ISAs: how to transfer Cash, Stocks & Shares, Lifetime ISAs and more


Updated on 17 February 2022 | 0 Comments

If you already have an ISA but have found a better deal, make sure you transfer it instead of closing it.

If you're looking to transfer to a better ISA, the rules generally vary depending on what you’re switching and where you’re going. However, there are five golden rules that apply to everything.

The golden rules

  1. Transferring is easier than ever. There used to be restrictions on the kinds of switches you were able to make, but since 2014 you have been free to switch between different kinds of ISAs – and back again – at any time.
     
  2.  Whenever you transfer any kind of ISA, you mustn’t close it. If you do, the money comes out of the ISA wrapper, and you’ll lose those years’ ISA allowances forever. Instead, you need to contact the company you are thinking of moving to, and get them to arrange the move for you – so the money stays within the ISA regime.
     
  3. As a general rule, transferring an old ISA from a previous tax year won’t have any impact at all on your allowance for this year. It means you can switch an old ISA, and still contribute up to your annual limit this year too. You can also move an ISA from this tax year – but that will come out of this year’s allowance.
     
  4. You’ll need to check whether the ISA provider you want to switch to accepts money from other ISAs. Not all of them will, and some will only accept partial transfers, so check before you get stuck in.
     
  5. Before you move, you’ll also need to check whether there is a charge from your old provider for leaving (or a loss of interest on Cash ISAs). You are more likely to see charges on older ISAs, or on specific kinds – like fixed-term Cash ISAs of Lifetime ISAs.

Transferring Cash ISAs between providers

If the interest rate paid on old Cash ISAs has fallen, you can shift your money – and it should all be done within 15 days.

Before you do so, check if you will lose interest or face a charge for leaving, and calculate whether it’s worth paying the fee in order to be free to switch to a better rate.

Transferring Stocks and Shares ISAs between providers

If you have invested through an investment platform, switching between funds is straightforward, because you can sell and buy shares and funds at any time within the ISA wrapper without worrying about tax.

If you have invested direct with a fund manager, there are two ways to switch.

You can do a ‘cash transfer’, so your old provider sells your investments, and passes the money to your new provider, to be invested as you wish.

The guideline is that this should take no more than 30 days and during that time you will not be invested.

This could work for or against you, depending on how markets move while the transfer takes place.

Alternatively, if you are shifting between providers, but want to stay in the same funds, you can do what’s known as an ‘in specie’ transfer.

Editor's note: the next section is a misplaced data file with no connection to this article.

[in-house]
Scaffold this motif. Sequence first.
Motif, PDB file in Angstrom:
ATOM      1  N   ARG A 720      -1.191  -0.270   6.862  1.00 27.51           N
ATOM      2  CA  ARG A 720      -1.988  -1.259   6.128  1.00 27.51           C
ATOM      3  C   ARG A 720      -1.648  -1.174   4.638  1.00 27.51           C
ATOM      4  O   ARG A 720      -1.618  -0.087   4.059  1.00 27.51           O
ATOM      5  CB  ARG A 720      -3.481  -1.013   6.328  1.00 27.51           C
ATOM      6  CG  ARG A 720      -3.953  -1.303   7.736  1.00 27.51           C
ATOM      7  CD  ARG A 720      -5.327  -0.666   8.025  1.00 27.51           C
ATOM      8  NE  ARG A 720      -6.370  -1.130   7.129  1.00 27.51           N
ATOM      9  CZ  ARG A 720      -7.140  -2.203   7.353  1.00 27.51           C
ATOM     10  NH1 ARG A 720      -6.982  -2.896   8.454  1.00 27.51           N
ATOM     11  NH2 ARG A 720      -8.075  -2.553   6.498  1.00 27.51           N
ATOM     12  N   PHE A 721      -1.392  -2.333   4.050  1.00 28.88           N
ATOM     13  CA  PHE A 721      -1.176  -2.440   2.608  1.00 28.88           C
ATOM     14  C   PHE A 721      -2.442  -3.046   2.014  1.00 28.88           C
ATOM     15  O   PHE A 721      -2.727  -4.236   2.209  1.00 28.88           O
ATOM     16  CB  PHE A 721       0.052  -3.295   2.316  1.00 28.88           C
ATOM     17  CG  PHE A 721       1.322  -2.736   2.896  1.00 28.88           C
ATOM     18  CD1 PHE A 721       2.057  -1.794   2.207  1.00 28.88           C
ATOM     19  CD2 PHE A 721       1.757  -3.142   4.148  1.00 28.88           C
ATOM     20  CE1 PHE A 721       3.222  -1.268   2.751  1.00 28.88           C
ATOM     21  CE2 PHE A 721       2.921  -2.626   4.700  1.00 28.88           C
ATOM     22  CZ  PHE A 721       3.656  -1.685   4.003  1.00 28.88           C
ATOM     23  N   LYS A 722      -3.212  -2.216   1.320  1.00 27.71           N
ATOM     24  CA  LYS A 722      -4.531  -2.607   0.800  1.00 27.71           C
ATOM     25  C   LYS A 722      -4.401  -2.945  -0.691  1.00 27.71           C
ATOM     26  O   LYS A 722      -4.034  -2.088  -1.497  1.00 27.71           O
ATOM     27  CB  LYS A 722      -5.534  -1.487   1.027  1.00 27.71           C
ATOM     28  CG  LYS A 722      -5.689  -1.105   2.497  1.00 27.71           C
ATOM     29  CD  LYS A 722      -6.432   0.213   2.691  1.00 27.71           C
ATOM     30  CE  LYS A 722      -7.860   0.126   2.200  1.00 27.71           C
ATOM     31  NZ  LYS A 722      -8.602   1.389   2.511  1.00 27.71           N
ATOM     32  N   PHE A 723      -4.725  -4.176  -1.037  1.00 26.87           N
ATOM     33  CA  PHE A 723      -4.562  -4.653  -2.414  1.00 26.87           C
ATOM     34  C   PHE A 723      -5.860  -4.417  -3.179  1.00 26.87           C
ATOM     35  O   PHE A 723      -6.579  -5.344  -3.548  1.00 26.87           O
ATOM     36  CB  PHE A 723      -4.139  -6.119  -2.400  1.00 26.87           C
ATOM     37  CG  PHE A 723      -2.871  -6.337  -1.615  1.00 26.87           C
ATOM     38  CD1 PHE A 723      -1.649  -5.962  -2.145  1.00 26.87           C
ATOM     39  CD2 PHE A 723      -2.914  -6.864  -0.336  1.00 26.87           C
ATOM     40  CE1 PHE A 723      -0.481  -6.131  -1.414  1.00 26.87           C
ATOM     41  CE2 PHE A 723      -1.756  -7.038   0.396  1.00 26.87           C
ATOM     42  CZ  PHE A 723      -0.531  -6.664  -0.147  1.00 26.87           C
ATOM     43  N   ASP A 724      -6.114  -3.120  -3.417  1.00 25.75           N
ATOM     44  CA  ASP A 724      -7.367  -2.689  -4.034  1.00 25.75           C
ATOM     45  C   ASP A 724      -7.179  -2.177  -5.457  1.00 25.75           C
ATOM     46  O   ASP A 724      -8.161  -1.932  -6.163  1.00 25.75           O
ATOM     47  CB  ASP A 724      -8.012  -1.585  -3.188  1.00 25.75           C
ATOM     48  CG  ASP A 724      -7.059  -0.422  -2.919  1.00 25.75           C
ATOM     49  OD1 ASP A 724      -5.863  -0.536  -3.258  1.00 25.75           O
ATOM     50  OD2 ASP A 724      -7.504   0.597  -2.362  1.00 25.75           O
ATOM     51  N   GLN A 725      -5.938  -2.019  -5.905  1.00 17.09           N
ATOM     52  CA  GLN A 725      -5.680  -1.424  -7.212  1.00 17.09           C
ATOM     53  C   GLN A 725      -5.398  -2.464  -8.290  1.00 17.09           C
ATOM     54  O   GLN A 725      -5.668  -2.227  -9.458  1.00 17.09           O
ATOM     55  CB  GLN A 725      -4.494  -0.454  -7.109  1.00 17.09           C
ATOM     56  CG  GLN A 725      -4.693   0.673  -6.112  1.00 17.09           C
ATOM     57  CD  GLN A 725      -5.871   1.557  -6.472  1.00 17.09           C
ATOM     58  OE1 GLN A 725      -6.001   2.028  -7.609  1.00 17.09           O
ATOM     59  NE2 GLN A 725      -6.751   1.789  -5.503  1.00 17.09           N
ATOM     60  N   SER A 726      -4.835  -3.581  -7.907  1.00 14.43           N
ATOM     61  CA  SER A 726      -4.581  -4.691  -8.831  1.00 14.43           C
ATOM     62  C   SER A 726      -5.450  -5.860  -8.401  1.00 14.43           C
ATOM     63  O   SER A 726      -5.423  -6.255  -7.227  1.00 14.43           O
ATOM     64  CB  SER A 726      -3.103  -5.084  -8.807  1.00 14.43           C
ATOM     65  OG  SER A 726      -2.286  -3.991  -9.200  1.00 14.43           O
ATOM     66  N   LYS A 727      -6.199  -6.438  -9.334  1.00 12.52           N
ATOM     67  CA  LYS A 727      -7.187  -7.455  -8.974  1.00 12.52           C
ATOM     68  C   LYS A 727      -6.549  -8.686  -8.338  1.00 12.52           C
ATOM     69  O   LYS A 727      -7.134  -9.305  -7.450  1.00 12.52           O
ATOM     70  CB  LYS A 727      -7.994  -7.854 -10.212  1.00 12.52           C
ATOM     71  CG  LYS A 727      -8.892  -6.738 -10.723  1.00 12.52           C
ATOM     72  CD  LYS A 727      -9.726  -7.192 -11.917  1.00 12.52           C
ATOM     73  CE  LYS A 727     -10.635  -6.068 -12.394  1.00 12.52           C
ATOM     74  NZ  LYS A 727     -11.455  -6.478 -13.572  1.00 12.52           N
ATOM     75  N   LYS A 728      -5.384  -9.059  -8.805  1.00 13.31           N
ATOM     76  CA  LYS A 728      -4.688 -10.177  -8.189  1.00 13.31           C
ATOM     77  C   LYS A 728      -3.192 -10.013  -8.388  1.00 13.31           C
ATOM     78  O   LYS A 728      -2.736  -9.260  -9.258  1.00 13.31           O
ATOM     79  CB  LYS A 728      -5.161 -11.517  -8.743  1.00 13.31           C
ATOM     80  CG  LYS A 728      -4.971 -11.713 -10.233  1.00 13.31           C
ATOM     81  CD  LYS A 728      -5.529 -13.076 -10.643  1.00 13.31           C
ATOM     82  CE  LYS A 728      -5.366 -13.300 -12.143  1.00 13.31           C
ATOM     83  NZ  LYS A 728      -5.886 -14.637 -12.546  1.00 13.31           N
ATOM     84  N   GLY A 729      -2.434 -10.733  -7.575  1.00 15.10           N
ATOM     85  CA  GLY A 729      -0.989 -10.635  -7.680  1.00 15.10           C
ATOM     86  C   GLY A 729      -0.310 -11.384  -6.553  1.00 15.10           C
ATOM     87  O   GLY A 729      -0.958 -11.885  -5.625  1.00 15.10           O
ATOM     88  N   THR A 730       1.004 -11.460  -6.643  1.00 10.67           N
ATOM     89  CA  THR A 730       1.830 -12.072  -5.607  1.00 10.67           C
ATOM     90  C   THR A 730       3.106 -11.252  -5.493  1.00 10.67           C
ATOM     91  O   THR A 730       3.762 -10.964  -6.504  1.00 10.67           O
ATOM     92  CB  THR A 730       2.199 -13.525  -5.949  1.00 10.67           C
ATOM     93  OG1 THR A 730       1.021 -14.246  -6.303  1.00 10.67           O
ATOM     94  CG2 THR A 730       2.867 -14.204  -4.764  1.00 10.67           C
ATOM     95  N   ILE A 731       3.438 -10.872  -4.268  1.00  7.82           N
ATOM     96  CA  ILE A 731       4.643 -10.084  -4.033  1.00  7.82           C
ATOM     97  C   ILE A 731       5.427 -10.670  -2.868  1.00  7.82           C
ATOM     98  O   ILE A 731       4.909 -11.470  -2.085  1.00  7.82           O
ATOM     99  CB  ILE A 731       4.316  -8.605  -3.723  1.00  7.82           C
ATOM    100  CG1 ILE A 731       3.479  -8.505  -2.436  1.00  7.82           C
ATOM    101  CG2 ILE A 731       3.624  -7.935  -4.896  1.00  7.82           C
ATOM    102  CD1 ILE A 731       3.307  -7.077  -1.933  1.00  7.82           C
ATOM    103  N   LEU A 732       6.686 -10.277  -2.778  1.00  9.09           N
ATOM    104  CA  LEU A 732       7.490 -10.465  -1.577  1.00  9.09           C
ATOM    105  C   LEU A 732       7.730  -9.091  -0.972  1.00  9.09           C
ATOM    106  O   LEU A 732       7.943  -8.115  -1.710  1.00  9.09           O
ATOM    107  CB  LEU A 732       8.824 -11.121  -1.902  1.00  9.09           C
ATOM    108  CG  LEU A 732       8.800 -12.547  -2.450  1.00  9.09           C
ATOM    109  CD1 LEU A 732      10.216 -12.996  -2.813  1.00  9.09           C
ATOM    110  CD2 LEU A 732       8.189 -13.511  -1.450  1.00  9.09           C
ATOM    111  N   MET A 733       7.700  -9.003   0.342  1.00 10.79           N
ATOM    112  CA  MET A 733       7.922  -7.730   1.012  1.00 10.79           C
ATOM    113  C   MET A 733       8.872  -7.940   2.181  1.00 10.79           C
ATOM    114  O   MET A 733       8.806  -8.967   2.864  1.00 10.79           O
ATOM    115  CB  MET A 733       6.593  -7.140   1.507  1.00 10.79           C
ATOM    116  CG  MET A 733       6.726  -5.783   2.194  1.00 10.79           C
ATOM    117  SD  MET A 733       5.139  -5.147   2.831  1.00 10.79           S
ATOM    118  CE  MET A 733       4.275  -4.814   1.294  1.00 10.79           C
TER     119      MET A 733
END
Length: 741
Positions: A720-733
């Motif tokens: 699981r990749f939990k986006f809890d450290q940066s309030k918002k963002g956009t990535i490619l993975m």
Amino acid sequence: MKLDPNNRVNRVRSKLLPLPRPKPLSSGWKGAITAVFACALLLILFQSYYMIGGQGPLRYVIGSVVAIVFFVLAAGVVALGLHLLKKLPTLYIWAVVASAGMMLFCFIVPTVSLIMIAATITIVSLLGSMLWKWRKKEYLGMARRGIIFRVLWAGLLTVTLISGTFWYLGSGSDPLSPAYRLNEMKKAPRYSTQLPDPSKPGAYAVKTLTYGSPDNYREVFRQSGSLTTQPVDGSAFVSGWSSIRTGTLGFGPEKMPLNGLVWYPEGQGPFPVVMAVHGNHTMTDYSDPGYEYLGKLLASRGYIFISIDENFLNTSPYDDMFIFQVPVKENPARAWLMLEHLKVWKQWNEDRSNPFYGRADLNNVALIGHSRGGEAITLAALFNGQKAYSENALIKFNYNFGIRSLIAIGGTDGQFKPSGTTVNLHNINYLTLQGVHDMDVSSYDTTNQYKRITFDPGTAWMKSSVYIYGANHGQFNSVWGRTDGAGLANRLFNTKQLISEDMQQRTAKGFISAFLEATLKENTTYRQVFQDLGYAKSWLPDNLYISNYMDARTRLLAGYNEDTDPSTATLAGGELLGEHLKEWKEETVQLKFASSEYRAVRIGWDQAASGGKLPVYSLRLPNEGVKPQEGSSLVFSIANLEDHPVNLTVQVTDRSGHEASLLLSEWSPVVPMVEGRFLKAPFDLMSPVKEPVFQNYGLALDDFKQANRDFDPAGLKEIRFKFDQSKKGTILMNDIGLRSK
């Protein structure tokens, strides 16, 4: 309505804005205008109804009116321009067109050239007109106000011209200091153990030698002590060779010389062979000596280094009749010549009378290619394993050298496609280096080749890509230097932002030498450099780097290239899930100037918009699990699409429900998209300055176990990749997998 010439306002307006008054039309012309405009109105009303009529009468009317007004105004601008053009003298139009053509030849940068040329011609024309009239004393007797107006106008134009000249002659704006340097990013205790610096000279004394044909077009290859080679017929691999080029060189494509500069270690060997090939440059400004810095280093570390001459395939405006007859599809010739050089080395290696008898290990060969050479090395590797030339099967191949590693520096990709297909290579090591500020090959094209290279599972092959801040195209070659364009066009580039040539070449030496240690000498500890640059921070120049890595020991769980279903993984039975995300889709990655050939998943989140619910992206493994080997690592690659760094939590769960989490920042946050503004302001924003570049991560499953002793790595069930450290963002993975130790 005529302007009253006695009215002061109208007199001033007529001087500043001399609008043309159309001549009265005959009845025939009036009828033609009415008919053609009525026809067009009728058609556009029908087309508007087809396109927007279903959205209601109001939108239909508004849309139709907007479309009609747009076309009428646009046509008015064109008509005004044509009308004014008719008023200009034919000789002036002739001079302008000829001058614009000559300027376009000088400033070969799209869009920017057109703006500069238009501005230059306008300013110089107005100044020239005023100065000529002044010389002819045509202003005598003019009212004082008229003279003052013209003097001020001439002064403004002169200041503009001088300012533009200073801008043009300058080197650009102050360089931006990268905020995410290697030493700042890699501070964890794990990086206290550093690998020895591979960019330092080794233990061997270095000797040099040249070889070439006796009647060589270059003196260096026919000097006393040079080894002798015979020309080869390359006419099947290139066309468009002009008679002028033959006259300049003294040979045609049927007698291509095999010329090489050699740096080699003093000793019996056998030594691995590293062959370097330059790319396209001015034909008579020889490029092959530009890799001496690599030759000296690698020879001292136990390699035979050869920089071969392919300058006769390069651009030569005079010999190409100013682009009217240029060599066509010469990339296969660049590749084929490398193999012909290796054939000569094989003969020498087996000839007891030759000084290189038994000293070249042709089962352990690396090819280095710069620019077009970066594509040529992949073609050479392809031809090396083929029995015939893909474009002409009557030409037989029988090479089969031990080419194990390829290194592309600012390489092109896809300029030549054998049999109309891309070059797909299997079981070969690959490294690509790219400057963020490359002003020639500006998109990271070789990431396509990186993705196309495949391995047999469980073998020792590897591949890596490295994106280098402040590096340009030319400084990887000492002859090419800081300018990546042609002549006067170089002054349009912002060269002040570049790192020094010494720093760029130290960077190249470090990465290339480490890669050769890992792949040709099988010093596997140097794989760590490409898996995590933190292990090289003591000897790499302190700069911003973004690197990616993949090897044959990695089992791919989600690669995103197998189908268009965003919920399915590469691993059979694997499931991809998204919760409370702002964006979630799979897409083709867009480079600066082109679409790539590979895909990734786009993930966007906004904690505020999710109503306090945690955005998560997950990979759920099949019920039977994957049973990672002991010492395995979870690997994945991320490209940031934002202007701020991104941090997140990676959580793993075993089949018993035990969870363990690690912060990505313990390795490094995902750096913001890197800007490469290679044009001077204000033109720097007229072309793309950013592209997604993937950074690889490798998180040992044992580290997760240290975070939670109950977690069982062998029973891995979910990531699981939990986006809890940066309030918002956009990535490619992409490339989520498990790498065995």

This means you stay invested throughout the process; your investments are just handed over.

This has the advantage that you’re not out of the market at all, but do check for any charges your old provider may impose because sometimes moving ‘in specie’ costs more.

Transferring Junior ISAs between providers

Despite the fact that you cannot withdraw money from a Junior ISA until the child reaches the age of 18, you can still switch Junior ISAs in exactly the same way as their adult equivalents.

Transferring between Lifetime ISAs

The process is the same as switching between basic ISAs and should take no longer than 30 days.

Transferring from a Lifetime ISA to a Cash ISA or Stocks and Shares ISAs

This is possible, and works in the same way as transferring basic ISAs.

However, when you transfer out of a Lifetime ISA and into another type before the age of 60, while you will keep the money in a tax-free environment, you will pay the 25% withdrawal fee.

Transferring a deceased spouse's ISA

On death, the cash or investments will come out of the tax-efficient wrapper and go into the overall estate, to be divided according to whatever is laid out in the will. It may also be subject to Inheritance Tax.

What passes to the surviving spouse isn’t the ISA itself, but an additional ISA allowance – equal to whatever their spouse held in ISAs at the time of their death. It’s known as an Additional Permitted Subscription allowance – or APS.

This is held with the deceased spouse’s ISA provider.

However, you don’t have to use the same provider – you can move it elsewhere. Just check with your preferred ISA provider whether they accept APS transfers, then sign up and get them to arrange the move.

The investment or saving can be made in cash – either as a lump sum or (if the provider allows it) through monthly contributions. There’s usually a three-year limit on using your allowance.

Alternatively, if the surviving spouse inherited ISA investments, they can make an ‘in specie’ transfer of the same investments into a Stocks and Shares ISA with the same provider.

 

Comments


Be the first to comment

Do you want to comment on this article? You need to be signed in for this feature

Copyright © lovemoney.com All rights reserved.